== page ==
Resilient racers: tubbers overcome motor thefts to tackle Great Race

By Dominic Abassi
July 20, 2018 - 5:11pm

Kurt Henderson using his tub to escort a huge cruise ship out of Nanaimo's harbour.Twitter

Henderson during trial runs with his new motor on tub 716.Twitter

The new motoro freshly mounted and ready for racing.Twitter

NANAIMO — Most years it's high seas and heavy winds that wreak havoc on bathtub racers. This year, the challenges started months before the tubs even hit the water.

For Kurt Henderson, who has been involved in tubbing for nearly two-decades, it was a deflating feeling when his finely-tuned super-modified motor was stolen off his tub as it sat in his driveway in May.

"I thought it was a bad joke for a while. Honestly I did feel a little defeated and I just felt like 'screw it.' It took so long to get that motor up to where it was," Henderson told NanaimoNewsNOW. "But I had a really huge outpouring of support and a lot of people stepped forward and offered motors and all kinds of things."

Henderson said he found a suitable replacement and, with the help of a friend, re-built the motor from scratch.

Even that process didn't come without its difficulties.

"I took it out for the circuit race in Departure Bay on Canada Day and I started really well, but I wasn't used to it. They're very particular in handling. I barrel-rolled the tub, sunk it and had to re-build the motor again," Henderson said, chuckling as he noted it brought back memories of his first ever race when he sank his tub.

The 53-year-old lifetime Nanaimo resident believed his new motor makes him a contender this year, hoping to build on last year when he placed third out of only five racers who were able to finish the race in "super gnarly conditions."

Henderson was also the first racer to make it across the Strait during last year's commemorative Nanaimo-to-Vancouver event.

Competition, camaraderie, and adrenaline made bathtub racing an "addictive" cocktail for Henderson.

"You have this level of control, you're experiencing things you like: speed, the smell of the air, jumping waves. You've got a bunch of like-minded people around you and it's just a thrill."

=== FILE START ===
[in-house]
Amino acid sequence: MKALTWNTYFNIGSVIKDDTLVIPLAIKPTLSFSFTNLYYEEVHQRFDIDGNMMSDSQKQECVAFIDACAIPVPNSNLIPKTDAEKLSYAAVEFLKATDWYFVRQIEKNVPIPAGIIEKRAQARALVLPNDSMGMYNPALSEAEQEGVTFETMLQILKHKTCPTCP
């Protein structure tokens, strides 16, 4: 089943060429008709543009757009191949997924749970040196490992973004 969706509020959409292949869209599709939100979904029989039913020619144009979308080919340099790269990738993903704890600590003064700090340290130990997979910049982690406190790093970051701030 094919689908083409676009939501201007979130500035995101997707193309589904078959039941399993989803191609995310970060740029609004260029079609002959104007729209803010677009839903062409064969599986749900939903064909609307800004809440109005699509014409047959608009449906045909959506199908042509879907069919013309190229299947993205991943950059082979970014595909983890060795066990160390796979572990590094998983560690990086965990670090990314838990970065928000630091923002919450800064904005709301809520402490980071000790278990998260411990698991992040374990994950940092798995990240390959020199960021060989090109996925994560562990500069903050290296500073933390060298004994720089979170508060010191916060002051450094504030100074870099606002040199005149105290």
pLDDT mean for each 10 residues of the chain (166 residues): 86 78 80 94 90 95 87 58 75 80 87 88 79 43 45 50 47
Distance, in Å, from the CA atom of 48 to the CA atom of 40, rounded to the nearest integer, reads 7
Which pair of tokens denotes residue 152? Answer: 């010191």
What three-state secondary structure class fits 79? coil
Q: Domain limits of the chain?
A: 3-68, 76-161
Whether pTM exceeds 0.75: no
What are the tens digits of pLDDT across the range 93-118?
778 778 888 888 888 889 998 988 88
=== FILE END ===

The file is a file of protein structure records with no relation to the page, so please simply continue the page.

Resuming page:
Henderson wasn't the only racer victimized by modern day pirates. Brad Davis and Tyler Lucente had their motors stolen in late May, however they were recovered and both men are expected to be at the starting line.

Loyal Nanaimo Bathtub Society commodore Greg Peacock expected at least 40 racers to take part in the 52nd Great International World Championship Bathtub Race on Sunday, July 22.

Peacock said this year they are saluting former mayor Frank Ney, founder of the race and society. All of the racers will have a commemorative sticker on their tubs to mark Ney's 100th birthday.

While focusing on getting more competitors into the race and spreading the bathtub brand outside of Nanaimo, Peacock said organizers also wanted to build up the events surrounding the race.

"There is a new interest, a new spark with bathtub racing. This is a real sport. It's a gruelling race, 60 kilometres in the open Salish Sea. These guys get banged around for over an hour. It's kind of silly but it's a sport," Peacock said.

He said the forecast called for calm weather on Sunday, however winds were up in Maffeo Sutton Park on Friday afternoon. The 2017 edition of the race saw some of the worst conditions in the event's history, with only five of the 38 racers finishing.

There are concerts, events, and a beer garden in Maffeo Sutton starting Friday. A pancake breakfast and parade highlight Saturday morning's festivities, while the hugely popular fireworks displays is scheduled for 10 p.m. Saturday.

The Great Race gets underway at 11 a.m. Sunday, with racers starting and finishing near the Frank Ney statue in the park.

Full details and more information can be found here.

 

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On Twitter: @domabassi

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